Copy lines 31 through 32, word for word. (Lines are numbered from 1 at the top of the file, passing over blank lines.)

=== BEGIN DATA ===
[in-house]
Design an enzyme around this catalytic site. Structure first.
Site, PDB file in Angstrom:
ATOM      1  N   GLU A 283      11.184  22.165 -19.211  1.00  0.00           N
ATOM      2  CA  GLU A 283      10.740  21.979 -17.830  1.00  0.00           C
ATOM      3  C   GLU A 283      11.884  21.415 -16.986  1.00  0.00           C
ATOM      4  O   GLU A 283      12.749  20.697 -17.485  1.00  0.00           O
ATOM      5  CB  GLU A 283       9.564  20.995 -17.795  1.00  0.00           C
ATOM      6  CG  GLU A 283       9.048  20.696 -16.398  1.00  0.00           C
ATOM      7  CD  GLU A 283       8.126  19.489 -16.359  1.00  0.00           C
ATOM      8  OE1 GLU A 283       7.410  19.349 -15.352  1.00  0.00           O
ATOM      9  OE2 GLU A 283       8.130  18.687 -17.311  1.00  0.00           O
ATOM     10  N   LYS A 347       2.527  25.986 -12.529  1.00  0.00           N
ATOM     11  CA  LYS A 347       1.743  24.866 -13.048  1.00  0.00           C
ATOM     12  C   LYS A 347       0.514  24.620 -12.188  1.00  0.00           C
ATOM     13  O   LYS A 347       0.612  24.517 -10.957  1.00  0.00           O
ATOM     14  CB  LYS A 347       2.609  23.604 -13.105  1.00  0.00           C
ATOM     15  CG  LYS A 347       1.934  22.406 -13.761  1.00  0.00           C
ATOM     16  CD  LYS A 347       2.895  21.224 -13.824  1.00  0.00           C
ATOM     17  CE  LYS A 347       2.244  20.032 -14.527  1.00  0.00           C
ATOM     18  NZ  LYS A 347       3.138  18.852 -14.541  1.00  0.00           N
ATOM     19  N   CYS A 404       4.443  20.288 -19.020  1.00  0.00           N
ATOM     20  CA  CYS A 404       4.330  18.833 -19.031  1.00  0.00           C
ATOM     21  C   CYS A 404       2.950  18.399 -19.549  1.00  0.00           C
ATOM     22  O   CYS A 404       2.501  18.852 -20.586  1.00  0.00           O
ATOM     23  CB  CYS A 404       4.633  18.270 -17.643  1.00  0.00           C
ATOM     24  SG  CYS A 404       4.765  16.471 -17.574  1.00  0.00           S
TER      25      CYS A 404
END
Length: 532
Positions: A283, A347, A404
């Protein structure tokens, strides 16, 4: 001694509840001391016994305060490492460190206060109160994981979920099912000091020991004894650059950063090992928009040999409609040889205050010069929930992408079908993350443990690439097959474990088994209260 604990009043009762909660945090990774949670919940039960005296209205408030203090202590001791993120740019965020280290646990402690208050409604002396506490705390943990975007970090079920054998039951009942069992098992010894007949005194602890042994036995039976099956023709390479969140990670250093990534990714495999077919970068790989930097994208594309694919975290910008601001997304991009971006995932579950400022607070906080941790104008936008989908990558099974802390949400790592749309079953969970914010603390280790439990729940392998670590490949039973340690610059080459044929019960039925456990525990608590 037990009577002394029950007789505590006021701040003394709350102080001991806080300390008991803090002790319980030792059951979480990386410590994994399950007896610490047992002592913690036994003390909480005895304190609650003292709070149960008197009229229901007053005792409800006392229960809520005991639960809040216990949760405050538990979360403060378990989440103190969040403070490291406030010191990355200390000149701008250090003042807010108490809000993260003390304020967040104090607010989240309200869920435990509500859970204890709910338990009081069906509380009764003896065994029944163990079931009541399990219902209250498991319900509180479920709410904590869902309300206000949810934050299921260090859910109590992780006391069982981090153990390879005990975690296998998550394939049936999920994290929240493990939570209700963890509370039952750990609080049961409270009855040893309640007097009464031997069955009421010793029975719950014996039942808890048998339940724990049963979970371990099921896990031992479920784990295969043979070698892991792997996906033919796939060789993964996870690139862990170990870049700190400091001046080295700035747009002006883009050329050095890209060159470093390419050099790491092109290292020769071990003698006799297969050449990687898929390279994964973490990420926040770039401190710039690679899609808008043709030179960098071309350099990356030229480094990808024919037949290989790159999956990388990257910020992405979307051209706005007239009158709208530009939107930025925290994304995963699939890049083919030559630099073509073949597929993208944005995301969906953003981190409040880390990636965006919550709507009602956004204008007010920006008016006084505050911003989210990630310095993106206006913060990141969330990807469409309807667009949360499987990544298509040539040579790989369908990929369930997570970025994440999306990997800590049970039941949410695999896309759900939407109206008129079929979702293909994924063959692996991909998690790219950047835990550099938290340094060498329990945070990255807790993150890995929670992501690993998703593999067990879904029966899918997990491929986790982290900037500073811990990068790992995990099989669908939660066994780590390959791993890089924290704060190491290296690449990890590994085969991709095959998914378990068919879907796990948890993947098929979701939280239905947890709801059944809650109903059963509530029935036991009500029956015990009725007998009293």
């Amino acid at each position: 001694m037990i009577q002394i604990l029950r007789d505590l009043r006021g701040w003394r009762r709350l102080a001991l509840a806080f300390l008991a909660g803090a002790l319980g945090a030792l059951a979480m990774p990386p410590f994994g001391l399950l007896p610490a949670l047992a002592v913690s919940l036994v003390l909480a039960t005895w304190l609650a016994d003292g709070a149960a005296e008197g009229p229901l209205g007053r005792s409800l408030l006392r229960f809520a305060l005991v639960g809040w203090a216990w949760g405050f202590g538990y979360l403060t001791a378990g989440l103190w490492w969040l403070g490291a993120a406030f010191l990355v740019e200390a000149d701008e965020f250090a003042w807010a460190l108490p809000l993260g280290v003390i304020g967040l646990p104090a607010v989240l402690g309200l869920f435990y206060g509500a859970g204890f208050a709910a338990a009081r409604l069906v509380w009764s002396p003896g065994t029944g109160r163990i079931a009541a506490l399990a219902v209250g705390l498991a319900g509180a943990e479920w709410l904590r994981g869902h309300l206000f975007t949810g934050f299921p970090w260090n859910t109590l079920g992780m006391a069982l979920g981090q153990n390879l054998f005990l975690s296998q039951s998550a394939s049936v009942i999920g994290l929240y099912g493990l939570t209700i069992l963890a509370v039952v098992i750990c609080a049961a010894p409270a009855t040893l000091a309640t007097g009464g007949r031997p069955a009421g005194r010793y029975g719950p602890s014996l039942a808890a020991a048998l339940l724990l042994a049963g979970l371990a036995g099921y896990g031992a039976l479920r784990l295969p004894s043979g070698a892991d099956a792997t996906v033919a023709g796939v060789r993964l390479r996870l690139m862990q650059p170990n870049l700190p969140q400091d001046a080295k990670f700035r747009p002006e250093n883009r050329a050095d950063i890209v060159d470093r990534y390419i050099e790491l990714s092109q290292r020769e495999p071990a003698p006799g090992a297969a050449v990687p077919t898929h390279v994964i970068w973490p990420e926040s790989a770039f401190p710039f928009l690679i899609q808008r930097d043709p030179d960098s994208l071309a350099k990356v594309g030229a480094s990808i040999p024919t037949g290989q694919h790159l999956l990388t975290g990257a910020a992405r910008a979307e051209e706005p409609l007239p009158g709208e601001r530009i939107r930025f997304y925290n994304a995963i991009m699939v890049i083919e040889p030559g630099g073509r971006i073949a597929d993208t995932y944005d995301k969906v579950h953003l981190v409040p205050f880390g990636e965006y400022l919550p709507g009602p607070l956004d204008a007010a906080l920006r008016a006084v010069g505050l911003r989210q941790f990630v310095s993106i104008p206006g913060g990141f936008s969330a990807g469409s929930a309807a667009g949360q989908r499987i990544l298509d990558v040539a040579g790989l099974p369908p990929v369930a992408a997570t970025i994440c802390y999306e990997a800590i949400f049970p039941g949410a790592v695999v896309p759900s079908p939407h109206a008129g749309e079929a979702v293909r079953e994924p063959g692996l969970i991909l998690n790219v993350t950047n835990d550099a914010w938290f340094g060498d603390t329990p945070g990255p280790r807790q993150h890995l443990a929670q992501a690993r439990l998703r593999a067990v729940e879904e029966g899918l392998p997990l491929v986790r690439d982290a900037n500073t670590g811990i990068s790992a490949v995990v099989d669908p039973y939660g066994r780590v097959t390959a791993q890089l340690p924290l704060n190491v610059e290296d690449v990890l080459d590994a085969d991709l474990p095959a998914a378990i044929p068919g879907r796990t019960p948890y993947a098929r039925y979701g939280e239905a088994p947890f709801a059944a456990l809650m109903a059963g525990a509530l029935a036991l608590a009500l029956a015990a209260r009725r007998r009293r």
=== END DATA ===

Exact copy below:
Positions: A283, A347, A404
């Protein structure tokens, strides 16, 4: 001694509840001391016994305060490492460190206060109160994981979920099912000091020991004894650059950063090992928009040999409609040889205050010069929930992408079908993350443990690439097959474990088994209260 604990009043009762909660945090990774949670919940039960005296209205408030203090202590001791993120740019965020280290646990402690208050409604002396506490705390943990975007970090079920054998039951009942069992098992010894007949005194602890042994036995039976099956023709390479969140990670250093990534990714495999077919970068790989930097994208594309694919975290910008601001997304991009971006995932579950400022607070906080941790104008936008989908990558099974802390949400790592749309079953969970914010603390280790439990729940392998670590490949039973340690610059080459044929019960039925456990525990608590 037990009577002394029950007789505590006021701040003394709350102080001991806080300390008991803090002790319980030792059951979480990386410590994994399950007896610490047992002592913690036994003390909480005895304190609650003292709070149960008197009229229901007053005792409800006392229960809520005991639960809040216990949760405050538990979360403060378990989440103190969040403070490291406030010191990355200390000149701008250090003042807010108490809000993260003390304020967040104090607010989240309200869920435990509500859970204890709910338990009081069906509380009764003896065994029944163990079931009541399990219902209250498991319900509180479920709410904590869902309300206000949810934050299921260090859910109590992780006391069982981090153990390879005990975690296998998550394939049936999920994290929240493990939570209700963890509370039952750990609080049961409270009855040893309640007097009464031997069955009421010793029975719950014996039942808890048998339940724990049963979970371990099921896990031992479920784990295969043979070698892991792997996906033919796939060789993964996870690139862990170990870049700190400091001046080295700035747009002006883009050329050095890209060159470093390419050099790491092109290292020769071990003698006799297969050449990687898929390279994964973490990420926040770039401190710039690679899609808008043709030179960098071309350099990356030229480094990808024919037949290989790159999956990388990257910020992405979307051209706005007239009158709208530009939107930025925290994304995963699939890049083919030559630099073509073949597929993208944005995301969906953003981190409040880390990636965006919550709507009602956004204008007010920006008016006084505050911003989210990630310095993106206006913060990141969330990807469409309807667009949360499987990544298509040539040579790989369908990929369930997570970025994440999306990997800590049970039941949410695999896309759900939407109206008129079929979702293909994924063959692996991909998690790219950047835990550099938290340094060498329990945070990255807790993150890995929670992501690993998703593999067990879904029966899918997990491929986790982290900037500073811990990068790992995990099989669908939660066994780590390959791993890089924290704060190491290296690449990890590994085969991709095959998914378990068919879907796990948890993947098929979701939280239905947890709801059944809650109903059963509530029935036991009500029956015990009725007998009293």